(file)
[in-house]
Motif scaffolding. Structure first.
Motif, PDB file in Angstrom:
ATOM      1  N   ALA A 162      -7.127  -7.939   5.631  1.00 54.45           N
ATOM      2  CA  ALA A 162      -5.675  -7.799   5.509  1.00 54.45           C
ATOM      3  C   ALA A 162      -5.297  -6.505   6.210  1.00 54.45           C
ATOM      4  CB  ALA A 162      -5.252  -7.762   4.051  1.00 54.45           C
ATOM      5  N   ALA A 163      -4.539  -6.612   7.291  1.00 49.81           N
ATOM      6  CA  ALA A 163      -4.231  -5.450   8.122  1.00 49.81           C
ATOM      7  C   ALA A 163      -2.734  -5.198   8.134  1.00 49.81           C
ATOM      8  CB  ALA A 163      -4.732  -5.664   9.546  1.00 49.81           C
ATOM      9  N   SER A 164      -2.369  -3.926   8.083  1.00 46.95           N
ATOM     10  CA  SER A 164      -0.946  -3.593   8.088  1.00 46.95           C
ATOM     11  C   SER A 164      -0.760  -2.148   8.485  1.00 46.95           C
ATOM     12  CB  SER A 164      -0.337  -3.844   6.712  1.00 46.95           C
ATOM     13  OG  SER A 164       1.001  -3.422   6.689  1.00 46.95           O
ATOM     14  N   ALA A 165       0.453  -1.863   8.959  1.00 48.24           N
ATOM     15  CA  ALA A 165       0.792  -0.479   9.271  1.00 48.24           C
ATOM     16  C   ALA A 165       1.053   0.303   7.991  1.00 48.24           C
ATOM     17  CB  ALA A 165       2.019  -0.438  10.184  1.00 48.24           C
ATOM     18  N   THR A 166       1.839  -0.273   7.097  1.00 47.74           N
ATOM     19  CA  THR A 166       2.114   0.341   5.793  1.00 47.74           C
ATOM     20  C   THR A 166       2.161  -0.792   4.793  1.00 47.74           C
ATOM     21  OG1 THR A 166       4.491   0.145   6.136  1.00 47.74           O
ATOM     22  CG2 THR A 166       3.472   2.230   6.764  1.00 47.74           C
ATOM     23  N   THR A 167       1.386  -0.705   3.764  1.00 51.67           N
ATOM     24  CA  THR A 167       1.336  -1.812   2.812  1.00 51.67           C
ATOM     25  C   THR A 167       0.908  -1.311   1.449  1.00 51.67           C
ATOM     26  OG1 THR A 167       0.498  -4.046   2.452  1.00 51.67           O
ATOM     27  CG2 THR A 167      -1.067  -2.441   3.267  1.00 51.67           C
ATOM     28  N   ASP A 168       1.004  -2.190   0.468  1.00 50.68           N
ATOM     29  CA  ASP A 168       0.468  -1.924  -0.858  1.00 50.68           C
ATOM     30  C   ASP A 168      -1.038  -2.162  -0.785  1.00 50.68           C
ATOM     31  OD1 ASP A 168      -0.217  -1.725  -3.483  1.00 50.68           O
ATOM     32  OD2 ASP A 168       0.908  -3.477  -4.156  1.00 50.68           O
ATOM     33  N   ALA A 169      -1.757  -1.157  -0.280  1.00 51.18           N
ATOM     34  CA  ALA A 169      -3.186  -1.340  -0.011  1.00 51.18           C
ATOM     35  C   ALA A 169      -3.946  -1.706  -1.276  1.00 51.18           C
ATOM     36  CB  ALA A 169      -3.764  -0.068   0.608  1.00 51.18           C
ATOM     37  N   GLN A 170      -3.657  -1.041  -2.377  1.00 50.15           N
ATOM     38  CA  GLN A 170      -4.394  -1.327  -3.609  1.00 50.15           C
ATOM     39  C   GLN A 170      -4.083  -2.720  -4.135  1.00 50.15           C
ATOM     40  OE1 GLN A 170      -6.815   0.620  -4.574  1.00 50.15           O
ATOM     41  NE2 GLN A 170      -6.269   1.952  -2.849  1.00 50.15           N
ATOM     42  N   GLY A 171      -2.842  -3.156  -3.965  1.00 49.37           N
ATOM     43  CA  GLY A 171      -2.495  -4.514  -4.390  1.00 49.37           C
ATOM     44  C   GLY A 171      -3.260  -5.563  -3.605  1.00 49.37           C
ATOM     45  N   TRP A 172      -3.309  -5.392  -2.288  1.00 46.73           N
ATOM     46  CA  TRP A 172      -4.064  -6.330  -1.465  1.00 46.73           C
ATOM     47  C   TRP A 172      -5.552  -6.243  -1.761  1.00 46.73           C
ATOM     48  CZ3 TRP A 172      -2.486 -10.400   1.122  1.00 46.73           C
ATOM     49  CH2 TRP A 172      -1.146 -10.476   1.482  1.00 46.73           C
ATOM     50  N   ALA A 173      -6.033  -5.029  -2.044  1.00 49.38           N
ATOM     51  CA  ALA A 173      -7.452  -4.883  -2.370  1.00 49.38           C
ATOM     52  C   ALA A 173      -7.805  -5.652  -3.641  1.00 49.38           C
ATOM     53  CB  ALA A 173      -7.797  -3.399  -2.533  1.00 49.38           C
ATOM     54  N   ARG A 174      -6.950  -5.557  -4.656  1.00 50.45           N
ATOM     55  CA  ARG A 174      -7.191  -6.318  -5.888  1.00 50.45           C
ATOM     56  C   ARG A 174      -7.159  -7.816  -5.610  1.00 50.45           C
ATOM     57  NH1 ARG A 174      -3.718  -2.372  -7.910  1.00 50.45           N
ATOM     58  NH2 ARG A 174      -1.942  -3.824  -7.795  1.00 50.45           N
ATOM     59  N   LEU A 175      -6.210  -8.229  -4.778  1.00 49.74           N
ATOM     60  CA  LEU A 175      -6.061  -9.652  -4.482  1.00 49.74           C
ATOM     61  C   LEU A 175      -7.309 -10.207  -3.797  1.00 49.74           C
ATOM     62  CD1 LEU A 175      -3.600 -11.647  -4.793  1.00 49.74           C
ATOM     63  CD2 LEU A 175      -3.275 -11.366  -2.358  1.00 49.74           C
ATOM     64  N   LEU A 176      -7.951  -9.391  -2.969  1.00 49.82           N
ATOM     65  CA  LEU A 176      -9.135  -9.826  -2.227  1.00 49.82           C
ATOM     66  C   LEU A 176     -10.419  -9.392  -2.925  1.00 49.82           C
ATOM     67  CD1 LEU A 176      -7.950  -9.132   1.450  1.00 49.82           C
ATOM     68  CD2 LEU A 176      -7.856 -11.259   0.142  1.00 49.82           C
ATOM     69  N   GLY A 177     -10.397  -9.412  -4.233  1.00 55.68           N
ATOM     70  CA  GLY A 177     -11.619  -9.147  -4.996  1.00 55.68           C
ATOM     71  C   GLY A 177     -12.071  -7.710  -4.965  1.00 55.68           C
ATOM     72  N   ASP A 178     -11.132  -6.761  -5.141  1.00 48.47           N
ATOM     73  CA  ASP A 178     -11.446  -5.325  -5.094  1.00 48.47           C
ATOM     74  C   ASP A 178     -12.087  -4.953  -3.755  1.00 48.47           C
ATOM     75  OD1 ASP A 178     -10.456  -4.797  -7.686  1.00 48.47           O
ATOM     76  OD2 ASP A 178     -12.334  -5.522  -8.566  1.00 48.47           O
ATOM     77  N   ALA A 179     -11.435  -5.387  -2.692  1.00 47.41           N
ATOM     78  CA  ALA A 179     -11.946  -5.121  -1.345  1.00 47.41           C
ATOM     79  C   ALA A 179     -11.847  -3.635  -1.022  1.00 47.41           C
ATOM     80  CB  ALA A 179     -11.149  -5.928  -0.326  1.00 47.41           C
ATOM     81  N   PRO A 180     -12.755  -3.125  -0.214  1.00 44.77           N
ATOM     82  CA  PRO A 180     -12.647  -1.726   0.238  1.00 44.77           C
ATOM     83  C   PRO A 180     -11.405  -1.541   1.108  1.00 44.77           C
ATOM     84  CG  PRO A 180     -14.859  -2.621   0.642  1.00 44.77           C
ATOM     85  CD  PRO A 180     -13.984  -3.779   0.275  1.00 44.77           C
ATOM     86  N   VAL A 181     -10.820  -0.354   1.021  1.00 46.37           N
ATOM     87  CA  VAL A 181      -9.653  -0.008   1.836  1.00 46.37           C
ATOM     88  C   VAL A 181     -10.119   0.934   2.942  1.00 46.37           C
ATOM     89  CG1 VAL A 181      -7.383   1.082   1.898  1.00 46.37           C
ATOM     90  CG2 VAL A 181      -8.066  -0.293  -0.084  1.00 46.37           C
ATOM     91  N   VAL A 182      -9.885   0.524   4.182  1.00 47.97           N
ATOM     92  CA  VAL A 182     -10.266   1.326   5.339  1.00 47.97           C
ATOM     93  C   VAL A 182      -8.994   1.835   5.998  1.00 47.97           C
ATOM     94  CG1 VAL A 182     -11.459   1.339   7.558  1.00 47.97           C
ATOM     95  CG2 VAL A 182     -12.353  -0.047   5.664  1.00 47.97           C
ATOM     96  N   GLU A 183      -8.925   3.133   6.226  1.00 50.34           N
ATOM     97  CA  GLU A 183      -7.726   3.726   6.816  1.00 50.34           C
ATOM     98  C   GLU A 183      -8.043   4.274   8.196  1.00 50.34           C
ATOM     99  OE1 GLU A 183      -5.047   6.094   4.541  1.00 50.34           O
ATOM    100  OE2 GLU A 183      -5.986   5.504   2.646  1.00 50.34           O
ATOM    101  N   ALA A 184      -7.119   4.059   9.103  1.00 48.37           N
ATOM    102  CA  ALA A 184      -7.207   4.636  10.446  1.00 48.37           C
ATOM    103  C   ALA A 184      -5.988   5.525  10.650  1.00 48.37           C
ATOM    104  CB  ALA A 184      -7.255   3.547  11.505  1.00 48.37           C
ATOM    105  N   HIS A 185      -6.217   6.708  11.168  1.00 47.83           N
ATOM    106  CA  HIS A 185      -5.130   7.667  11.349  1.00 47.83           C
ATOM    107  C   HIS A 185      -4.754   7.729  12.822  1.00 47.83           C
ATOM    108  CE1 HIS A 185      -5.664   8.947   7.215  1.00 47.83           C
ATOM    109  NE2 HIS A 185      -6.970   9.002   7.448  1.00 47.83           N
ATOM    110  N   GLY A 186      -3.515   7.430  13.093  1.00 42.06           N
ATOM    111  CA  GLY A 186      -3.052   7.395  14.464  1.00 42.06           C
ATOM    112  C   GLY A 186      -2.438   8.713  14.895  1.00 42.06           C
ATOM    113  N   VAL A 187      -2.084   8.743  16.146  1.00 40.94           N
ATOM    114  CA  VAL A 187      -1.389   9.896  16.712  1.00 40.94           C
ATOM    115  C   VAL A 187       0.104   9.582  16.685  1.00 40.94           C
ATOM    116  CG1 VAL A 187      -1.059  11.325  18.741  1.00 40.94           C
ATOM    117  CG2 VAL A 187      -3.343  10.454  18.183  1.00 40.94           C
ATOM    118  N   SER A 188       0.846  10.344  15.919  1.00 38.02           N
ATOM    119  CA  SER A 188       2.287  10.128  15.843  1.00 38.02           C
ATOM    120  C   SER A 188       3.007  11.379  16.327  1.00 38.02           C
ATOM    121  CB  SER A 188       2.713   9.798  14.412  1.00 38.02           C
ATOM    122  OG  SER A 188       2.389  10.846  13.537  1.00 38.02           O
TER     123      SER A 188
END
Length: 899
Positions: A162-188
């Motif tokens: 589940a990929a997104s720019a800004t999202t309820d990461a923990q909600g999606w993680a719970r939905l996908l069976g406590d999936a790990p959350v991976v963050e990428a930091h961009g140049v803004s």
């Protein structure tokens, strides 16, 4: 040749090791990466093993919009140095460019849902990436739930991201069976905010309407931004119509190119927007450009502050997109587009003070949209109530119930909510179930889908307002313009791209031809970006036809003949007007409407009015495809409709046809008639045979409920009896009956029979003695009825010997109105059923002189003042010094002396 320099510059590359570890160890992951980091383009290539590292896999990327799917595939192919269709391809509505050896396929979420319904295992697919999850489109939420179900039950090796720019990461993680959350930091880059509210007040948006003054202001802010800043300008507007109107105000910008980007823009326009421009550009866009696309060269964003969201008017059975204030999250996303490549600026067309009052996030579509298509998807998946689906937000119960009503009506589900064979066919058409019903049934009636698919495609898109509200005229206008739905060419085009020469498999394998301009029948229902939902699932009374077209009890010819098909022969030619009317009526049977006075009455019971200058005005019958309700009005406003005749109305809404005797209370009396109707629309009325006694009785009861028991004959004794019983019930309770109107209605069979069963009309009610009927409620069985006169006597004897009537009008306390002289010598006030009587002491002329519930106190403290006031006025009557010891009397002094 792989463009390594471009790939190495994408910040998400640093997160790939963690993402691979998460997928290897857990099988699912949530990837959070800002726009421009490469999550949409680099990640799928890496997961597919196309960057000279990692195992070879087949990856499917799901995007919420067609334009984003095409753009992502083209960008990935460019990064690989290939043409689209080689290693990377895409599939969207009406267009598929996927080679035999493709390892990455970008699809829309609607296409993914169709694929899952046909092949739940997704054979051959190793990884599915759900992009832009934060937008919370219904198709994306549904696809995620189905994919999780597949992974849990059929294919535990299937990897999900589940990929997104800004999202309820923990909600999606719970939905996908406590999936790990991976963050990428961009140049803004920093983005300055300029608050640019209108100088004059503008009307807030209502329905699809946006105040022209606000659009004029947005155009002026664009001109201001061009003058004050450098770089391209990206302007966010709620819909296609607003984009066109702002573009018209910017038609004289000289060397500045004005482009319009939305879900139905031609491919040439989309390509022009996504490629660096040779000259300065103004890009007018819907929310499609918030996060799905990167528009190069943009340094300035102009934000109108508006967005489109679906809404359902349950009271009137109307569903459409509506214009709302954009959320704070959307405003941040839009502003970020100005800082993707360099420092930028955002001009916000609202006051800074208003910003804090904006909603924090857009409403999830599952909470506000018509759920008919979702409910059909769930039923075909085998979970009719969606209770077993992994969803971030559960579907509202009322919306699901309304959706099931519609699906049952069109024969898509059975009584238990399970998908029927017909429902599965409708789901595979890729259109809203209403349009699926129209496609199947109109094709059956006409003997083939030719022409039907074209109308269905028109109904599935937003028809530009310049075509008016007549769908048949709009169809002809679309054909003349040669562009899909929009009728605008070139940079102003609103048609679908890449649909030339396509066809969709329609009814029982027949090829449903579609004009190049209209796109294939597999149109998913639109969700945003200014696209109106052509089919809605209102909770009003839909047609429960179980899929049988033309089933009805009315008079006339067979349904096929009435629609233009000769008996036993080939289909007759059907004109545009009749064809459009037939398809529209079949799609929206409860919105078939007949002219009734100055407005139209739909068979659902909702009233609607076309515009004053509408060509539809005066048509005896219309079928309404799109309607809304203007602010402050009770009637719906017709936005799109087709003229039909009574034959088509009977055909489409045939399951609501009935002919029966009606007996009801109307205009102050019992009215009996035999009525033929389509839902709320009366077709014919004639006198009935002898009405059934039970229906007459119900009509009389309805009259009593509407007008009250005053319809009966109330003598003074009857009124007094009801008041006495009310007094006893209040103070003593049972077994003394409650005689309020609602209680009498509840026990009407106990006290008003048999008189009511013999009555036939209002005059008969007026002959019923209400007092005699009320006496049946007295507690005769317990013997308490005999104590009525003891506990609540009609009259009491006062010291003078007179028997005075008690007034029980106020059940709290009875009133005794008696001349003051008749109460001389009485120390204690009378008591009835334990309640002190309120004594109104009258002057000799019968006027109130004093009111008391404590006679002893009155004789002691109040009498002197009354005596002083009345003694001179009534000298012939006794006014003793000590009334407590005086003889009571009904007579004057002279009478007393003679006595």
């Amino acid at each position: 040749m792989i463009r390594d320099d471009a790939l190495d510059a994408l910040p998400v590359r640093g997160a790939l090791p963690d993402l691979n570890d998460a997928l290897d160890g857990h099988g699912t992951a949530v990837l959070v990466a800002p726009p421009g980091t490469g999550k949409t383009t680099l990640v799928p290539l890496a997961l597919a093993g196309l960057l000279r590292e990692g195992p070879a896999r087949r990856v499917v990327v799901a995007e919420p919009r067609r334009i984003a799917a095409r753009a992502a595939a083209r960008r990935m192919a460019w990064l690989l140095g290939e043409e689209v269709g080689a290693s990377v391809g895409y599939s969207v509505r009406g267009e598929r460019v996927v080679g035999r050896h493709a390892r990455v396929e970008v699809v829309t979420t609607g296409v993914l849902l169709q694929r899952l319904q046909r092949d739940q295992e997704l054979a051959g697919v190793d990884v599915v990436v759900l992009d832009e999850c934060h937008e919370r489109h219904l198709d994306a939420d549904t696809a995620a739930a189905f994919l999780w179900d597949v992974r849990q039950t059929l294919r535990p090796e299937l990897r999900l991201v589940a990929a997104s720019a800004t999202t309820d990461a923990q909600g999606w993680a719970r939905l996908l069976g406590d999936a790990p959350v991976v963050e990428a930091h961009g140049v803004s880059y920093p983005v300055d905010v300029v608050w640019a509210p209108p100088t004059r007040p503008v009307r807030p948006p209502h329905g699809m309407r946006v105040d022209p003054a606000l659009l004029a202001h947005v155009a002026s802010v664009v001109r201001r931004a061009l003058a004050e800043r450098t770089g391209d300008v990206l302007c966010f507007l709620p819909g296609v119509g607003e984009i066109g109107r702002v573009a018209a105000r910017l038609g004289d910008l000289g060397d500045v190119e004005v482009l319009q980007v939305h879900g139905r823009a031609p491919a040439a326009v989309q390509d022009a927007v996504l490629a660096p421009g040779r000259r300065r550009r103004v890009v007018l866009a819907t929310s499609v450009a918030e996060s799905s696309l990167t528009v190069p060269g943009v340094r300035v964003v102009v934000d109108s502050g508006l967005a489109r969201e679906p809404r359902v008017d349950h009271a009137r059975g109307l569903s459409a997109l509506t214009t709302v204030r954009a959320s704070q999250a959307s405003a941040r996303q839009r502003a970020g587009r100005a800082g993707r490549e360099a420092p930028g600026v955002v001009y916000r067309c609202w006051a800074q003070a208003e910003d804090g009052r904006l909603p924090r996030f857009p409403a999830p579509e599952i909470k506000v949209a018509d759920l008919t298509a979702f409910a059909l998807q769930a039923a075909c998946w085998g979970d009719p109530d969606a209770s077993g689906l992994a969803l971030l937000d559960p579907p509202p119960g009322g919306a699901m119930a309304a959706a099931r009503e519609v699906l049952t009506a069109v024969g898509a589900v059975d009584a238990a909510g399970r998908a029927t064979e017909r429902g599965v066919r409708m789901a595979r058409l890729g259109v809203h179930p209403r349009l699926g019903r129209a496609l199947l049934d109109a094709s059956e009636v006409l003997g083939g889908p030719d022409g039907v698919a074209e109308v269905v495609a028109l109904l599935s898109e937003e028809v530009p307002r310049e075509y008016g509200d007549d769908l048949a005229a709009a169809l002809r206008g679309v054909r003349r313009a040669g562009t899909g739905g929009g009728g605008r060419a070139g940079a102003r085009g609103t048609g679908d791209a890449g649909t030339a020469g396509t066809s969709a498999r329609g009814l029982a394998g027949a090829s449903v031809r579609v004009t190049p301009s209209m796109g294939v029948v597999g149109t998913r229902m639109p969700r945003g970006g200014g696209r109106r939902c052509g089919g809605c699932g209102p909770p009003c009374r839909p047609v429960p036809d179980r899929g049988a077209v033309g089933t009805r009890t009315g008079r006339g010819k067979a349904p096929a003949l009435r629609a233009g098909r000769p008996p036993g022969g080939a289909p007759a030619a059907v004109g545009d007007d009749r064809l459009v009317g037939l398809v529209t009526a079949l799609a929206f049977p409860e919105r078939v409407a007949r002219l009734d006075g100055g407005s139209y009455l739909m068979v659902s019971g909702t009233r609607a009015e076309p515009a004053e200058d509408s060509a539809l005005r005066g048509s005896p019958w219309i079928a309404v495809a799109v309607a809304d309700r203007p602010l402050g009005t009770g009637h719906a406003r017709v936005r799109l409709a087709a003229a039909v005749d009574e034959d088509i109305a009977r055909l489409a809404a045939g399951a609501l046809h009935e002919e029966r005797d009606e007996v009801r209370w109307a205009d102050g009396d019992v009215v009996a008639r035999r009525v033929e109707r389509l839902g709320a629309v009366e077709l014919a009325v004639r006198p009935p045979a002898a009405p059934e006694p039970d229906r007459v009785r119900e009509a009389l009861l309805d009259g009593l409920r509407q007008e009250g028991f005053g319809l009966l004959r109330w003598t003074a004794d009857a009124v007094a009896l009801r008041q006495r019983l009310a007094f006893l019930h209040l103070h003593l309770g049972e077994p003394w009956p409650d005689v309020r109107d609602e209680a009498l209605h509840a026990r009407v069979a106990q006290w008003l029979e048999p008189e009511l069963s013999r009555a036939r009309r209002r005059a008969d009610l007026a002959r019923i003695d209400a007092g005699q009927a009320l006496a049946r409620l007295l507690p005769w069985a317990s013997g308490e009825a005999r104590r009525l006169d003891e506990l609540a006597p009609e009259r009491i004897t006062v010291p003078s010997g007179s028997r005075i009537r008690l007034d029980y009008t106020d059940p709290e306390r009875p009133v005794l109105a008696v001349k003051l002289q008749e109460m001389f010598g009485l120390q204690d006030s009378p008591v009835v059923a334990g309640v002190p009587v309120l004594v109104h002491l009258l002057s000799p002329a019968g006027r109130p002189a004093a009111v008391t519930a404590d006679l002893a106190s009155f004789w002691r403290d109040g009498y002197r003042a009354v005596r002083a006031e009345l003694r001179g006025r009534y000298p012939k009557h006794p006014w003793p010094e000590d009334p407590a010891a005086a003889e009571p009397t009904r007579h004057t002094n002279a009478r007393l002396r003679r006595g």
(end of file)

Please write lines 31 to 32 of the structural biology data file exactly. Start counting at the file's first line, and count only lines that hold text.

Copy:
ATOM     28  N   ASP A 168       1.004  -2.190   0.468  1.00 50.68           N
ATOM     29  CA  ASP A 168       0.468  -1.924  -0.858  1.00 50.68           C